This is called precession.
Over a period of years, the earth’s rotational axis “precesses” through a complete cycle.

It is this precession which has gradually shifted the positions of the constellations in the sky, and, in particular, the periods of the year which correspond to each zodiacal constellation. Precession also changes the locations at which seasons occur in the Earth’s orbit. The Earth is now closest to the Sun during southern Summers, but in about years it will occur during northern Summers. This may cause southern Summers to become more mild, and northern Winters to become more severe. This could cause glaciers to return one day to northern European landmasses!

Image Credits NASA: View of the Mid-Pacific Ocean

Hit the Esc key (escape) to return to the Index Page

This is a very common response.
(a) “It’s warmer in summer than in winter, because the Earth is closer to the Sun then.” This is a very common response. Most people answer the question this way.

It is true that the Earth is closer to the Sun at one stage of its orbit.
As we saw in the last Section, the Earth’s orbital separation from the Sun varies by about 2%, equivalent to about Earth diameters. So could summer occur when the Earth is closest to the Sun?

Back to the alternative answers
But when its summer in the northern hemisphere, it’s winter in the southern hemisphere - and vice versa. So summer can’t occur at just one particular part of the Earth’s orbit. Back to the alternative answers Remember that the Earth is closest to the Sun in January, in the Southern Summer, but furthest from the Sun in July, in the Northern Summer

Back to the alternative answers

(b) The Earth’s rotational axis is tilted by 23½o with respect to a line drawn perpendicular to the plane of the ecliptic. 23 23½o Remember that the plane of the ecliptic is the imaginary surface on which the Earth traces out its orbit around the Sun. Could this tilt make one hemisphere of the Earth sufficiently closer to the Sun compared to the other hemisphere for seasons to result? plane of the ecliptic

Back to the alternative answers
The tilt of the Earth’s axis only makes a difference of about km - only 1/ th of the variation in the separation of the Earth & Sun. So any distance effects due to the Earth’s tilt will be overwhelmed by the distance effects due to the eccentricity of the Earth’s orbit (which are considered in (a) ). The eccentricity of the Earth’s orbit makes several thousand times larger a variation than this. Back to the alternative answers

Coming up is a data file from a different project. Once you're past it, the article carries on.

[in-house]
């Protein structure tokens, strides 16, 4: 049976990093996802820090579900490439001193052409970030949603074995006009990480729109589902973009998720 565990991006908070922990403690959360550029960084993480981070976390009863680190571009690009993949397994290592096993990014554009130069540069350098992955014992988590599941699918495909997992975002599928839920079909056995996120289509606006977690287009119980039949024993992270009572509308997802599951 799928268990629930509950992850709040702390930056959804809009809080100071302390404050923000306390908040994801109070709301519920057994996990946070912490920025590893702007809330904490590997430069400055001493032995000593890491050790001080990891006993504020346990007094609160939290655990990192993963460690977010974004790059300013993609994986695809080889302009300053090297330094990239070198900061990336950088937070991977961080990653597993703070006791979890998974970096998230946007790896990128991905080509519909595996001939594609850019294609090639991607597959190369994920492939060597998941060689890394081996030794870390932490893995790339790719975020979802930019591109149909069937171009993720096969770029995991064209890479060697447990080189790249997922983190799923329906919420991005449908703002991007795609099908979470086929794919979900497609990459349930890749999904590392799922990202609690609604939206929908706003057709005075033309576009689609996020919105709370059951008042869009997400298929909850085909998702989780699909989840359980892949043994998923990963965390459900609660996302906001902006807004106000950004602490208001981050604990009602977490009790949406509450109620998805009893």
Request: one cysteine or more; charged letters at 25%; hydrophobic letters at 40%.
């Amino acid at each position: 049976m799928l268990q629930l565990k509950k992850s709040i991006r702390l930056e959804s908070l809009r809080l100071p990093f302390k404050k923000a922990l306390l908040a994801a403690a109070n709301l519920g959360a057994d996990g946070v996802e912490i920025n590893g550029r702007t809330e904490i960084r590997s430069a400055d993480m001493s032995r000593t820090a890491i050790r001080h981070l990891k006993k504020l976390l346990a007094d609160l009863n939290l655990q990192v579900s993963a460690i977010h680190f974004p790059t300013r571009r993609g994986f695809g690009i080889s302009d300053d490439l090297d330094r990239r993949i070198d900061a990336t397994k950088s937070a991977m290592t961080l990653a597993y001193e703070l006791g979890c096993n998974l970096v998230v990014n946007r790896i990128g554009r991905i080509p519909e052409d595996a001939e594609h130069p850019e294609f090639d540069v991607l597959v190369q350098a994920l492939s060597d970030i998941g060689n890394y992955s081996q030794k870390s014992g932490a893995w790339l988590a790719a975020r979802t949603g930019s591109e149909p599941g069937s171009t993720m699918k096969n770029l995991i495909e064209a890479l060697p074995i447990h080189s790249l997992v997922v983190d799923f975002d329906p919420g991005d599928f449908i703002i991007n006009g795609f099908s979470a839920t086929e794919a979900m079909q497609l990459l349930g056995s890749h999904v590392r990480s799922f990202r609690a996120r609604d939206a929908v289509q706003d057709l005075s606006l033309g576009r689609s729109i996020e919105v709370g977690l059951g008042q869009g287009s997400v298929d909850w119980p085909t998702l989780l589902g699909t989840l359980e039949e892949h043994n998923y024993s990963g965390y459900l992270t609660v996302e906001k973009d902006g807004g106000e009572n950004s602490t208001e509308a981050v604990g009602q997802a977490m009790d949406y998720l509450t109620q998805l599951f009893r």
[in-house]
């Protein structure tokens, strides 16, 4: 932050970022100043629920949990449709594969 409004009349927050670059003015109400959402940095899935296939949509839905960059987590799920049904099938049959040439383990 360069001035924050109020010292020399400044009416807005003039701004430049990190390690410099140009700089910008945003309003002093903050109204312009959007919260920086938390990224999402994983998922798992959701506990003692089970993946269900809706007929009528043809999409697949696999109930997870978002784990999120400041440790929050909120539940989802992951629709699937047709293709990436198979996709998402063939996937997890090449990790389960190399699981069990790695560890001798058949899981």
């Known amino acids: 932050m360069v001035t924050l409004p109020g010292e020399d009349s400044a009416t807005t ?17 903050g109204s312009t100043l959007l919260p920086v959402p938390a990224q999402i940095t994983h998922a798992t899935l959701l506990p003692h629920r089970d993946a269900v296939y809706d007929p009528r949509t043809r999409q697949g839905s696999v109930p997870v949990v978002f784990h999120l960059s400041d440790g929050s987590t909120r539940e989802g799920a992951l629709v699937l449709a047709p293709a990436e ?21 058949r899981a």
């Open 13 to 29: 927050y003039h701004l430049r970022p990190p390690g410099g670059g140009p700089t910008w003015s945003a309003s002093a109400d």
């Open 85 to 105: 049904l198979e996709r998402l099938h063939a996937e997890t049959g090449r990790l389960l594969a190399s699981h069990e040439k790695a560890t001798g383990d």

Back to the alternative answers

(c) The Earth’s rotational axis is tilted by 23½o with respect to the plane of the ecliptic. 23 23½o Remember that the plane of the ecliptic is the imaginary surface on which the Earth traces out its orbit around the Sun. plane of the ecliptic

If we take the case when the northern hemisphere is in summer ...
sunlight When the Sun appears to be higher in the sky, its light strikes the Earth from a higher angle. then the tilt of the Earth’s rotational axis means that the Sun is higher in the sky in daytime in the northern hemisphere, than in the southern hemisphere, which will be in winter ...

… and in Summer when the Sun is higher in the sky, each beam of sunlight is spread out less when it hits the ground ... The closer the Sun is to directly overhead, the more concentrated are the rays of sunlight striking the Earth. Concentrated beam of sunlight in Summer

… than in winter, when the Sun is lower in the sky.
When the Sun appears to be low in the sky, its rays are spread out as they strike the Earth. Diffuse, “spread-out” beam of sunlight in Winter

… so for the hemisphere experiencing Summer, sunlight striking the Earth is more concentrated and this helps to raise the average temperature. The reverse is true for the hemisphere experiencing Winter ... … but this isn’t the only factor causing the Earth’s seasons. Alternative (d) is a contributing factor too. Back to the alternative answers

Back to the alternative answers

(d) The Earth’s rotational axis is tilted by 23½o with respect to the plane of the ecliptic. 23½o Remember that the plane of the ecliptic is the imaginary surface on which the Earth traces out its orbit around the Sun. plane of the ecliptic

If we take the case when the northern hemisphere is in midsummer ...
then the north pole has continuous daylight and locations in the northern hemisphere have long periods of daylight, sunlight equator whereas locations in the southern hemisphere have long nights. Remember that the north & south poles are at each ends of the rotation axis (shown here as a solid red line) the south pole is in continuous darkness

Back to the alternative answers
Long periods of daylight help to warm the hemisphere experiencing Summer, more than the hemisphere experiencing the short periods of daylight and long cold nights of winter. Back to the alternative answers Our atmosphere helps the Earth retain heat from day to day.

Back to the alternative answers